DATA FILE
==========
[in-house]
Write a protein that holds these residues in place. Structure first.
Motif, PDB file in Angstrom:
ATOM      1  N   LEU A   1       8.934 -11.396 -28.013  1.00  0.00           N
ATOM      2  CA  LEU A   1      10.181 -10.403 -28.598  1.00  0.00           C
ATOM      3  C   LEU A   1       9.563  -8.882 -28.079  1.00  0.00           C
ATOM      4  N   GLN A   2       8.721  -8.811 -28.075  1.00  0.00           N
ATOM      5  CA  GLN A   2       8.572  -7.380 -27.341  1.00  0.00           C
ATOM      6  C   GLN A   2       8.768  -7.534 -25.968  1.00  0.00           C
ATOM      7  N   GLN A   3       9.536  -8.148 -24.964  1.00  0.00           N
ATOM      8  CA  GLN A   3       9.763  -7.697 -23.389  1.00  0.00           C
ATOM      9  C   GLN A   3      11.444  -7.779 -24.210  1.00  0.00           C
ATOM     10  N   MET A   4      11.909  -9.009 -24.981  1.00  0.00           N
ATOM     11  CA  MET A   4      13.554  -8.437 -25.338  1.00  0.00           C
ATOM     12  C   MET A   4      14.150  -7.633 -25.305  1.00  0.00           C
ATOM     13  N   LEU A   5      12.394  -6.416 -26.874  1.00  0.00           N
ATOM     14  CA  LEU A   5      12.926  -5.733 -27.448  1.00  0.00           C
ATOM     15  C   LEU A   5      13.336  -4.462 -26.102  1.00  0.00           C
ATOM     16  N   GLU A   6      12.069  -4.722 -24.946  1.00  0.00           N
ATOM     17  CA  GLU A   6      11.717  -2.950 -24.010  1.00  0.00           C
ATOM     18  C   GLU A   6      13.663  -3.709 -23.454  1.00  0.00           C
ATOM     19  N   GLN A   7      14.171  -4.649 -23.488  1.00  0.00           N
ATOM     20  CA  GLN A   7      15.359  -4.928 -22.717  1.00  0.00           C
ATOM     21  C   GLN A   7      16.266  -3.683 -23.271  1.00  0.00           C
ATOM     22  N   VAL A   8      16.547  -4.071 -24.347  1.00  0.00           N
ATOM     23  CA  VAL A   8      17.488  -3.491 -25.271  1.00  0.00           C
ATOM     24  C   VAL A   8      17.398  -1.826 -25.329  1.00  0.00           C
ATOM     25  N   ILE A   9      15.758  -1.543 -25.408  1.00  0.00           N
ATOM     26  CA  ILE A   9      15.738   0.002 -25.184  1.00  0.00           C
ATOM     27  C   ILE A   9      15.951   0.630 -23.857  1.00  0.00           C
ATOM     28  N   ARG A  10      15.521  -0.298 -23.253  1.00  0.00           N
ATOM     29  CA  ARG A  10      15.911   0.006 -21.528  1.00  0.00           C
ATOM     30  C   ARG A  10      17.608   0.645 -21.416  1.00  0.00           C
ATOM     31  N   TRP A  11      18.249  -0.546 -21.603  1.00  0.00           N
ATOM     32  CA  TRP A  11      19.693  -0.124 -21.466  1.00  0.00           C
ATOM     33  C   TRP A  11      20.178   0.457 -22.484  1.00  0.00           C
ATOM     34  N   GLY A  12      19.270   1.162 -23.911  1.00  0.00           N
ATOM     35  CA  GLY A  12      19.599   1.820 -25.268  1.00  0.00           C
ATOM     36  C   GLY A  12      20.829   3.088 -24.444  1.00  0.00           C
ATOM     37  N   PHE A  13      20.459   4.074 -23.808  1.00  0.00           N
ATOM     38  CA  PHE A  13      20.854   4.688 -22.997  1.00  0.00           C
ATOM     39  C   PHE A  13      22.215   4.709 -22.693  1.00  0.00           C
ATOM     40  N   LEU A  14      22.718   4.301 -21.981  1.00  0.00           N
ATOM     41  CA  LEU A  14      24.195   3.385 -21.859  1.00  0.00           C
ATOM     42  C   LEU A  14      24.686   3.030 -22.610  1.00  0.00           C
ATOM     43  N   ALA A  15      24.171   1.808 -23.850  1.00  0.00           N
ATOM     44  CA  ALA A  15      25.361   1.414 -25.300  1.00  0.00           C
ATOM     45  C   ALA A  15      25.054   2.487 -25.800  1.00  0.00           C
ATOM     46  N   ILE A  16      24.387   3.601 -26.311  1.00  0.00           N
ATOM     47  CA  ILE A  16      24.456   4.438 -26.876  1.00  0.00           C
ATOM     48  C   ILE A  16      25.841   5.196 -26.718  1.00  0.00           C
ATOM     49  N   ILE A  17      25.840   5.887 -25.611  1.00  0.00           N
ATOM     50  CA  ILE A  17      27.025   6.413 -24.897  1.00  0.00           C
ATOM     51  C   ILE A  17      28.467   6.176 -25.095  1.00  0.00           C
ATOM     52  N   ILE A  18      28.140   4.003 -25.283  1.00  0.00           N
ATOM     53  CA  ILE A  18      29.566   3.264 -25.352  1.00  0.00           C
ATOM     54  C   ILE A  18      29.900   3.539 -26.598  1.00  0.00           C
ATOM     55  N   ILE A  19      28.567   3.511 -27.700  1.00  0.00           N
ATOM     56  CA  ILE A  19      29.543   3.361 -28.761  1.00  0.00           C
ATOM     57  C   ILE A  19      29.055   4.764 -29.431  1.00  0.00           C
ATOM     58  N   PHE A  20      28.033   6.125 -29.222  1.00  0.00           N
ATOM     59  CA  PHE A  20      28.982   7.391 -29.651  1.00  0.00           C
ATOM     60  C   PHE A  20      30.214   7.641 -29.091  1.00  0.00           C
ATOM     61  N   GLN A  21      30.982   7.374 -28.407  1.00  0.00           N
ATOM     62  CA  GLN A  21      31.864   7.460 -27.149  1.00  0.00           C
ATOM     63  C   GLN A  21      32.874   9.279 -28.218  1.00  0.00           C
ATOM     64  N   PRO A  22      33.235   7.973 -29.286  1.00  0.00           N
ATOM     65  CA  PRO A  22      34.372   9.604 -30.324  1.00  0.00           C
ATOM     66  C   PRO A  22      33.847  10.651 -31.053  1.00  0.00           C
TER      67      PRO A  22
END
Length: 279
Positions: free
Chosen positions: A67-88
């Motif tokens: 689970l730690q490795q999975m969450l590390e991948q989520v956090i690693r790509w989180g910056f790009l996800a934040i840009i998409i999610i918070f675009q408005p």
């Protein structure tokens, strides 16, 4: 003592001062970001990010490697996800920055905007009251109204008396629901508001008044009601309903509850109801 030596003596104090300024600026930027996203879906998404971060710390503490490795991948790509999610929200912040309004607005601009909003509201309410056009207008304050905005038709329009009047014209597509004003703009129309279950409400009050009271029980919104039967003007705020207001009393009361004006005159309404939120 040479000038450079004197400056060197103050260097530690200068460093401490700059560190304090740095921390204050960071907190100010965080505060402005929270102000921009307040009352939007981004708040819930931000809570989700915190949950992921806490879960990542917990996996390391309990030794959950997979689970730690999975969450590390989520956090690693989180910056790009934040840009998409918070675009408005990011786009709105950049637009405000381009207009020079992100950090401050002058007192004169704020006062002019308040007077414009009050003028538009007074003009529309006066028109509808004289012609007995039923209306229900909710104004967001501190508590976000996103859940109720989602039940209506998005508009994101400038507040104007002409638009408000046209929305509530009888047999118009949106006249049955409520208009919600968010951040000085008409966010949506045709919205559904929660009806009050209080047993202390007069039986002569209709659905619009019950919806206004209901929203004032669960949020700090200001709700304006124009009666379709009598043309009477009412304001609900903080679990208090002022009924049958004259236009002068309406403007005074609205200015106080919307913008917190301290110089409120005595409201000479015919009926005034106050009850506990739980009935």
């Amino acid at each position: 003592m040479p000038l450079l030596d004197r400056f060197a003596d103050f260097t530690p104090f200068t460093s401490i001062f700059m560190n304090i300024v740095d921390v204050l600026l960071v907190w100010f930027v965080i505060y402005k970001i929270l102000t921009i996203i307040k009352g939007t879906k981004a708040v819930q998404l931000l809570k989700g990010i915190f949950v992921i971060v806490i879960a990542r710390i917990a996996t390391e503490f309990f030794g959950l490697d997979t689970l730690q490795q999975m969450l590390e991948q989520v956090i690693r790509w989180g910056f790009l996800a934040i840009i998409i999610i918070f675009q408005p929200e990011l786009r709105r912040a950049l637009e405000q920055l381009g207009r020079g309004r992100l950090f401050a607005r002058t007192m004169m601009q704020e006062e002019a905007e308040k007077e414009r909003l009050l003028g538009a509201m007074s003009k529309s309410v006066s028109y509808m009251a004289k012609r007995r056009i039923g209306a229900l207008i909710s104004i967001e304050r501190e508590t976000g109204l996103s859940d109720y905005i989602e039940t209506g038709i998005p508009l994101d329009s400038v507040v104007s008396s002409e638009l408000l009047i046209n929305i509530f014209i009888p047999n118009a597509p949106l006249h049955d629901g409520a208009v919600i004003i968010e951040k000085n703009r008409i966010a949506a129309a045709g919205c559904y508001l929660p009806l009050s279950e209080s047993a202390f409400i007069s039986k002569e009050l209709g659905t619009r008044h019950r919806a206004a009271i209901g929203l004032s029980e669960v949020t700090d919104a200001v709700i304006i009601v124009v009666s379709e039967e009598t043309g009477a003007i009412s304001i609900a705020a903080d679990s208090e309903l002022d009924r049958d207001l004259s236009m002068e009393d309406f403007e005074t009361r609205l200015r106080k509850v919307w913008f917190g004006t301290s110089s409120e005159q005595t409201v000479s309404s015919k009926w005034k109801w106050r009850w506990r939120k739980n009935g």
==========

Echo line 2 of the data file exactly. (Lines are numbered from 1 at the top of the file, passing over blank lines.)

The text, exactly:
Write a protein that holds these residues in place. Structure first.